Plant Growth Responses to Environmental Change

Plant growth patterns and rates adaptively respond to changes in the environment. Such adaptive changes confer competitive advantages and allow the plant to survive adverse conditions. Here, I will focus on adaptation to changes in nutrient availability.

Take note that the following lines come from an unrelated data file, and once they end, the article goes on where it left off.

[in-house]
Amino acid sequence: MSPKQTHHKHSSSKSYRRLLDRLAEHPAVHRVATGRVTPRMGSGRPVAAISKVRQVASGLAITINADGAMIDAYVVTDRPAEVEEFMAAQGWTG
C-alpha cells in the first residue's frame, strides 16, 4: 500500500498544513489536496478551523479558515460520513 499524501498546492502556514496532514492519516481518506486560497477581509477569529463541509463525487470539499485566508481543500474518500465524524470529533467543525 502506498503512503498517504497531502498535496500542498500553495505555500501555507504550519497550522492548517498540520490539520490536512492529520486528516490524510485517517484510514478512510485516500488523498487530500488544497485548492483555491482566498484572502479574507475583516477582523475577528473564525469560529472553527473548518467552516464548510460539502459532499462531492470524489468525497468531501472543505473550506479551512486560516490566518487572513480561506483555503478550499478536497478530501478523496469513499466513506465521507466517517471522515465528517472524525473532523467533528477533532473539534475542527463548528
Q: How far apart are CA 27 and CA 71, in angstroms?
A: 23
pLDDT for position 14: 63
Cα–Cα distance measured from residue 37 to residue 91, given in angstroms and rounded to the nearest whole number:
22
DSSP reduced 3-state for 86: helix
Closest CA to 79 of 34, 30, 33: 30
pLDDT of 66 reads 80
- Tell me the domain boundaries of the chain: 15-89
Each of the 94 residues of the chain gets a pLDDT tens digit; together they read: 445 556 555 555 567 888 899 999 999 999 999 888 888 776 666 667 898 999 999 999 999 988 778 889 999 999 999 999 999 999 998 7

Altered nutrient availability can impact plant growth at the cellular, organ, and whole plant level: Local (in the order of 50-100 ^m) differences in soil phosphate availability suffice to alter root hair growth, which in low phosphate, is stimulated in a cell-autonomous manner (Bates and Lynch 1996). Likewise, cell expansion in leaves subjected to low water activity is reduced, but can recover when water is available again (Granier and Tardieu 1999). When mature leaves are exposed to high light or CO2, leaf growth is stimulated and stomatal density increases. Developing leaf primordia exposed to low light or low CO2 will develop with the characteristics of the mature leaves, indicating that at least some aspects of leaf growth are controlled by systemic signals (Lake et al. 2001; Yano and Terashima 2001; Ferjani et al., this volume). Unfortunately, the precise mechanisms by which any nutritional cue elicits one or more signals controlling cell growth, division, or expansion are not yet known.

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